Obama Has Edge In Montana, Poll Says

In this May 19, 2008 file photo, Democratic presidential hopeful, Sen. Barack Obama, D-Ill., is escorted to the stage by tribal members at rally in Crow Agency, Mont. Montana's rural, overwhelmingly white voters would seem to play perfectly to the strengths of Democratic rival, Sen. Hillary Rodham Clinton, D-N.Y., but observers and polls say she will have a tough time winning the June 3 Montana primary. (AP Photo/Chris Carlson, File) AP PHOTO

The Rocky Mountain region represents friendly terrain for Barack Obama, who is angling to add Montana to his string of victories on Tuesday.

Demographically, the state would seem to suit rival Hillary Rodham Clinton almost perfectly - overwhelmingly white and rural. But political observers and a statewide poll suggest Obama has the advantage here.

The Illinois senator has outperformed Clinton in Rocky Mountain states, winning contests in Colorado, Idaho, Utah and Wyoming. Clinton won Arizona and a cliffhanger in New Mexico.

Only 16 delegates are at stake in Montana's primary, but depending on several other factors - what the Democratic National Committee rules panel decides this weekend about seating Florida and Michigan delegations and Puerto Rico's primary Sunday - the state could put Obama over the top for the nomination. He was about 40 delegates shy of victory on Friday.

South Dakota holds its primary the same day, but Montana's polls close an hour later, giving the state bragging rights to the finale in an epic marathon that has stretched from Jan. 3 to June 3, pausing in every state and spanning the globe as Americans living in dozens of countries cast ballots.

Clinton hopes wins in Montana and South Dakota will help persuade some of the nearly 200 yet-to-be-claimed superdelegates - elected officials and party leaders awarded a vote at the Democratic National Convention by virtue of their positions - to side with her and carry her campaign to the convention in August.

Three of Montana's eight superdelegates have endorsed Obama, while the rest say the outcome of the primary will help shape their decision.

More than 90 percent of Montana's residents are white and less than 75 percent have completed at least four years of college. The largest minority, American Indians, comprise about 7 percent of the population. Those are similar to demographics Clinton owned in earlier primaries.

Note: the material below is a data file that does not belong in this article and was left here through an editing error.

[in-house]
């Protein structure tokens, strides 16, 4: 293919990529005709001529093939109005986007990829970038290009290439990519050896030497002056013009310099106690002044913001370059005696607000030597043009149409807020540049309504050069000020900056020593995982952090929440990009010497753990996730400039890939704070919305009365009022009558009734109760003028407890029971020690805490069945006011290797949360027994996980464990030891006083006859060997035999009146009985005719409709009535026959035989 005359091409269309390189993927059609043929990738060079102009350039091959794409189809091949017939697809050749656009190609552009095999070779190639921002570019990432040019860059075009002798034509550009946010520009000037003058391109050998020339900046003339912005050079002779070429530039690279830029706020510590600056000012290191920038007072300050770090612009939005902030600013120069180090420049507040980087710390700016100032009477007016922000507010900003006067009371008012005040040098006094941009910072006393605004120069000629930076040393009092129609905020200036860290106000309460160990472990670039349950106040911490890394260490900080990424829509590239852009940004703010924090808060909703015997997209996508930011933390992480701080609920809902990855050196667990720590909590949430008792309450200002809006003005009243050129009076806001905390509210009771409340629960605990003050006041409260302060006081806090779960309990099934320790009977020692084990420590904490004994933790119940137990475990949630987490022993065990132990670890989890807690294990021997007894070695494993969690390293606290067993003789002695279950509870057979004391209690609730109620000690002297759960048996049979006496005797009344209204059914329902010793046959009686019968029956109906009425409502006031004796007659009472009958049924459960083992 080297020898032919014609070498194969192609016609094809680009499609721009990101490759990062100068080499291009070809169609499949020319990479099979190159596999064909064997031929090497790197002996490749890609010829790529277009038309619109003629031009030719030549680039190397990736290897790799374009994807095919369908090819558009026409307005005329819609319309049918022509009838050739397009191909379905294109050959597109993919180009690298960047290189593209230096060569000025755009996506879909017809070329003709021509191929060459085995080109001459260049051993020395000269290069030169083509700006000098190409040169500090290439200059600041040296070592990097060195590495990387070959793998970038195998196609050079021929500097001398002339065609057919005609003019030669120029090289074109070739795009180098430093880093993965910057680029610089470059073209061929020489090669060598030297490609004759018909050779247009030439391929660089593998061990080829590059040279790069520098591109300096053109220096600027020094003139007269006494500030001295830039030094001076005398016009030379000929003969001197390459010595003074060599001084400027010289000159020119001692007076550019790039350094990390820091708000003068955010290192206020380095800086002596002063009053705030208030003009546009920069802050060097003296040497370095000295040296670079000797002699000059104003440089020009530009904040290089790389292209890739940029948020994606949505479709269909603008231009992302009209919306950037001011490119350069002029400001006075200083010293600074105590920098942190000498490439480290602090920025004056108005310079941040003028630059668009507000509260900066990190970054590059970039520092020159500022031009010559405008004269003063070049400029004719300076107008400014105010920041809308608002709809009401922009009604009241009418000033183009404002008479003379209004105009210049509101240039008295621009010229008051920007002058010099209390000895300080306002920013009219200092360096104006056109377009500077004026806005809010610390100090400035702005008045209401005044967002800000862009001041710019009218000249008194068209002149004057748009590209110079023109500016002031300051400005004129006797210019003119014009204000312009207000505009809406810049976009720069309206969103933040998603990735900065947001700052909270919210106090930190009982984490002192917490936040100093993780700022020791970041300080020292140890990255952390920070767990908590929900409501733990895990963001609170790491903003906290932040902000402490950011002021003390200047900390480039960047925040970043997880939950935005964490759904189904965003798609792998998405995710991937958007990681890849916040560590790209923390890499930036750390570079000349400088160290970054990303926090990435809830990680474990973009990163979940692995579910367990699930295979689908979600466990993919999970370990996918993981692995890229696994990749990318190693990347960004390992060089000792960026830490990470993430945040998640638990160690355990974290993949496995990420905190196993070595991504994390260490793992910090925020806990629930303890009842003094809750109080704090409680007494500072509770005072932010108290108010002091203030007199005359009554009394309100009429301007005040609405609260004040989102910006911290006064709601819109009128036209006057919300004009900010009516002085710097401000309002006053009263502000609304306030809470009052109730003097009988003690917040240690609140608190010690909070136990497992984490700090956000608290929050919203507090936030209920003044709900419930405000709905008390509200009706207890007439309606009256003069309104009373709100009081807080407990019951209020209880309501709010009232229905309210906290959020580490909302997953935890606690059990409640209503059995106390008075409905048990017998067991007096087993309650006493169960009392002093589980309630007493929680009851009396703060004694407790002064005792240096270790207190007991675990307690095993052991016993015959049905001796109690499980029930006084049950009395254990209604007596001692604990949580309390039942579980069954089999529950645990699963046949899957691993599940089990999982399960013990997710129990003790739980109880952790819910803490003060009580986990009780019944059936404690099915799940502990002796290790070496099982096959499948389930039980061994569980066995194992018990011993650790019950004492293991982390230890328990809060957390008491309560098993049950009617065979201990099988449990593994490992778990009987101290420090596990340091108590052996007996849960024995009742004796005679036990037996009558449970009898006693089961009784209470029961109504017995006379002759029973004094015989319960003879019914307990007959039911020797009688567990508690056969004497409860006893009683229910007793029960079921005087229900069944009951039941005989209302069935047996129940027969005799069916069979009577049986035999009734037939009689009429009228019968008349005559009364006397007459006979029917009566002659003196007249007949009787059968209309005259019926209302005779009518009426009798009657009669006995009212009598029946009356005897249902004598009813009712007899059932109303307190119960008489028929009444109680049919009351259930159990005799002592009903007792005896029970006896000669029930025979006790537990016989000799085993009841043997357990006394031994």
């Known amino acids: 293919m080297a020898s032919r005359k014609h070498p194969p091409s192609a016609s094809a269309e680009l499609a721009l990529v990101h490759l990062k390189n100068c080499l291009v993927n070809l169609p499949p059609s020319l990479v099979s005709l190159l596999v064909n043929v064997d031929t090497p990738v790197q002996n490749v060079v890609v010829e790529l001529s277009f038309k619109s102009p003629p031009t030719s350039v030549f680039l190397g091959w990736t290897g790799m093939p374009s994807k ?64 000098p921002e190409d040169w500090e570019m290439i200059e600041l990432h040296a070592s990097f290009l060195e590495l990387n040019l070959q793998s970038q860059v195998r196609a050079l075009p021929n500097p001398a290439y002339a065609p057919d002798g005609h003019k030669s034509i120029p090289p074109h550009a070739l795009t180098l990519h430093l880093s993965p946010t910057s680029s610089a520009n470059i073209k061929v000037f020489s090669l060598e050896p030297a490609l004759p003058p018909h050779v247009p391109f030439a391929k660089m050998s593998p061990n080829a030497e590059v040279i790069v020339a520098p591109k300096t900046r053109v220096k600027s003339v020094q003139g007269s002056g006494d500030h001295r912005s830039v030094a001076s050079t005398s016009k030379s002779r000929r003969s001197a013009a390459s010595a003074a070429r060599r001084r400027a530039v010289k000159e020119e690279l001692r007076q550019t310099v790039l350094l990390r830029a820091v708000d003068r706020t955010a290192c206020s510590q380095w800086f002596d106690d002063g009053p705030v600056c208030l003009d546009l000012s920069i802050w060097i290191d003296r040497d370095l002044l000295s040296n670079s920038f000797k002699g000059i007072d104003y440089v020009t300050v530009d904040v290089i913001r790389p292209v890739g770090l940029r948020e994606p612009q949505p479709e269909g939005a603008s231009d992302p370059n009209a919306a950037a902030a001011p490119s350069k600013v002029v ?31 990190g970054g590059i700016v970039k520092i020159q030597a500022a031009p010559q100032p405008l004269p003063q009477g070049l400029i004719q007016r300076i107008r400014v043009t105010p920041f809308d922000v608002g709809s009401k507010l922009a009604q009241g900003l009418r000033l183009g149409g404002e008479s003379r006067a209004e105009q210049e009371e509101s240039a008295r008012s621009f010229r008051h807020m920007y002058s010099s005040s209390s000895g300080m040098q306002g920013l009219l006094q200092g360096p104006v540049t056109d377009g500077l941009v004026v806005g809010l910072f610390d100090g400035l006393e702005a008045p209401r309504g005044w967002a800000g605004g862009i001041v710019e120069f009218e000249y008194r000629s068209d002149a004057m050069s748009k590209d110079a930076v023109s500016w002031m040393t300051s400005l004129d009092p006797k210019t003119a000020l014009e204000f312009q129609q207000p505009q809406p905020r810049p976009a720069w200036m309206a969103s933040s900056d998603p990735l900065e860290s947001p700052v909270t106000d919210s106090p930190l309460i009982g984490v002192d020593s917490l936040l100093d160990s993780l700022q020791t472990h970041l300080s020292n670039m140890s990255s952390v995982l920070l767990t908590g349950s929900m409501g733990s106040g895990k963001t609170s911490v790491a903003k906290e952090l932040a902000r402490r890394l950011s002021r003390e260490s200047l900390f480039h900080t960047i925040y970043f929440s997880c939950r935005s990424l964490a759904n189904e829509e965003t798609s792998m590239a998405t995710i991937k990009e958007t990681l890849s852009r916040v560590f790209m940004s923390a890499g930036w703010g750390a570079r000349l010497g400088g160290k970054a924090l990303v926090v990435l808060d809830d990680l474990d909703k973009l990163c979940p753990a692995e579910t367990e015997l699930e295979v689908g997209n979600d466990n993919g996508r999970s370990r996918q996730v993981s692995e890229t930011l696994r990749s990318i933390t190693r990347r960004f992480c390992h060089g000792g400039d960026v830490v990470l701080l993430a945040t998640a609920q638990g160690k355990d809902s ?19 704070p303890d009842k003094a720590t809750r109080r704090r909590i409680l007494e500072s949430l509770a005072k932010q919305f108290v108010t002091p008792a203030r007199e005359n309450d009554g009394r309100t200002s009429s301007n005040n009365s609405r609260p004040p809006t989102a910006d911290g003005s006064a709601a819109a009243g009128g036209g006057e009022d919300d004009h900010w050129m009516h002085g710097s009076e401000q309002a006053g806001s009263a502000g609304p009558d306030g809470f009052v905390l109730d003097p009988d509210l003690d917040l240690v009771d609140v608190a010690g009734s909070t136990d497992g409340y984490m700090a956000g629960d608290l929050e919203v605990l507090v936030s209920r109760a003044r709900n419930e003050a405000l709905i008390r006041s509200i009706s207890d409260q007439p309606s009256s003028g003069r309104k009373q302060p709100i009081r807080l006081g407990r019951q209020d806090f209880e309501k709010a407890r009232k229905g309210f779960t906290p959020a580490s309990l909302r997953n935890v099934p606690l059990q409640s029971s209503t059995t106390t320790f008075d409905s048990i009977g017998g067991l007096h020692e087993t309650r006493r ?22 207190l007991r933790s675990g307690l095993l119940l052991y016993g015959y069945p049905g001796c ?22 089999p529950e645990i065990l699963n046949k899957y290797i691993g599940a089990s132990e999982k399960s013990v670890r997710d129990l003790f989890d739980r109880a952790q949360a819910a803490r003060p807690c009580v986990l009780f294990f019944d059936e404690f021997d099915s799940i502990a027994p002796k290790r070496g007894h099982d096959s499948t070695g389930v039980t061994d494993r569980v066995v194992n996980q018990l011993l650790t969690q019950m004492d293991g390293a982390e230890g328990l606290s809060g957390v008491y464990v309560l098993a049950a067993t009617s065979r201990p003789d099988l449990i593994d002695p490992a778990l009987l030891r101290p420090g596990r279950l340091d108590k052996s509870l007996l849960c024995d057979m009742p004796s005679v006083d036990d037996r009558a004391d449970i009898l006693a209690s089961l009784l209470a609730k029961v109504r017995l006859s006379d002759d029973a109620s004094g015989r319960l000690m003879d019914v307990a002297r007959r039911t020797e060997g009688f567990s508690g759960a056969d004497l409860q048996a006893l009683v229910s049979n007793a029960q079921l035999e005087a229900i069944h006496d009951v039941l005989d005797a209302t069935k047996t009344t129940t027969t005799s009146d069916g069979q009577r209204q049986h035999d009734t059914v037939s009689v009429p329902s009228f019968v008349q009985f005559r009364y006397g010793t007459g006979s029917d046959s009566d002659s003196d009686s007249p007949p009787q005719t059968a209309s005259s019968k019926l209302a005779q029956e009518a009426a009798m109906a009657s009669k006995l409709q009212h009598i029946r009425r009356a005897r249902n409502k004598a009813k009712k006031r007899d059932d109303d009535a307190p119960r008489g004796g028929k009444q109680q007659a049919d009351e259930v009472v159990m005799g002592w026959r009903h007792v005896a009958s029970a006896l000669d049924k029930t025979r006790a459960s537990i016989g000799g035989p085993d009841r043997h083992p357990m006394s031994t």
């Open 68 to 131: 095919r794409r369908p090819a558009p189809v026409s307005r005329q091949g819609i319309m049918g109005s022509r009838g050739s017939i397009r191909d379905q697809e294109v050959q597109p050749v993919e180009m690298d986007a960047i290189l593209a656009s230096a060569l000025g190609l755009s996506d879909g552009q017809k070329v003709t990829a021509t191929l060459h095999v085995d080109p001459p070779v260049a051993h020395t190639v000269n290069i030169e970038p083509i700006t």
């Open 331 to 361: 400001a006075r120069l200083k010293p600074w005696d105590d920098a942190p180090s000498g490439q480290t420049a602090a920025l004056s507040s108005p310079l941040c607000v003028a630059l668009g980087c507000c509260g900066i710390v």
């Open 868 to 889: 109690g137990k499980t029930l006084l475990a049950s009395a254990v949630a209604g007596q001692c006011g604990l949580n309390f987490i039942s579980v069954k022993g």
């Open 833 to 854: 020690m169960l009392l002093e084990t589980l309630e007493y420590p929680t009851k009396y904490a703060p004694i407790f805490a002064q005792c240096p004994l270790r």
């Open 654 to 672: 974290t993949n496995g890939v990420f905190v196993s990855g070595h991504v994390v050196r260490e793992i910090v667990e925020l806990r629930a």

But voters here may not fit the mold of the rural, working-class voters that backed Clinton in Appalachian and Rust Belt states. A recent poll showed Obama with a 17-point lead in Montana, although 13 percent of likely Democratic voters were still undecided.

Obama hopes a Montana victory will convince doubters that he can sway rural, white voters and compete against Republican John McCain in the Mountain West, where guns and the economy are key. Some political strategists contend Democrats have an opportunity to move three Rocky Mountain states - Colorado, Montana and New Mexico - into their column in the general election.

"The West shows in great contrast that Obama does appeal to this demographic they claim we don't do well with," said Obama state director Gabe Cohen.

Clinton's campaign has again turned to small towns, a strategy that has worked well in other states. Former President Bill Clinton has made five trips across Montana, stopping in places such as Havre and Lewistown that have never experienced such attention from a high profile political figure.

"If you add all the undecideds to her column, then you've got something approximating a dead tie in Montana," said Kenneth Bickers, a University of Colorado political analyst who has been tracking the race. "And at this point, she can't just tie. She has to beat him."

Clinton supporters are quick to point out that she does much better in primaries than in caucuses. And Clinton could benefit from her appeal to more conservative voters, another demographic she has courted.

Montana has a high percentage of gun owners, although it's hard to say who that would help - or hurt.

Gun owners remember, generally with disdain, the gun control measures of the Clinton administration. But Obama has gun control baggage of his own, which resurfaced after he was heard saying rural voters in small Pennsylvania towns "cling to guns and religion." In recent weeks, he has been trying to convince Western voters that "sensible" gun control won't get in the way of their traditions.

Political scientist Craig Wilson of Montana State University-Billings said he thinks Obama's comments about rural voters could be damaging in Montana.

"Some of that took a little luster off that big charisma," Wilson said.

But Obama may benefit from an early start in the state: He was first to open local campaign offices and was alone running TV ads until Clinton recently launched her first spot in the state.

The primary is open to all voters, and the Democratic race is expected to attract crossover Republicans and independent voters.

"It will probably be the independents who decide which way it goes," Wilson said.
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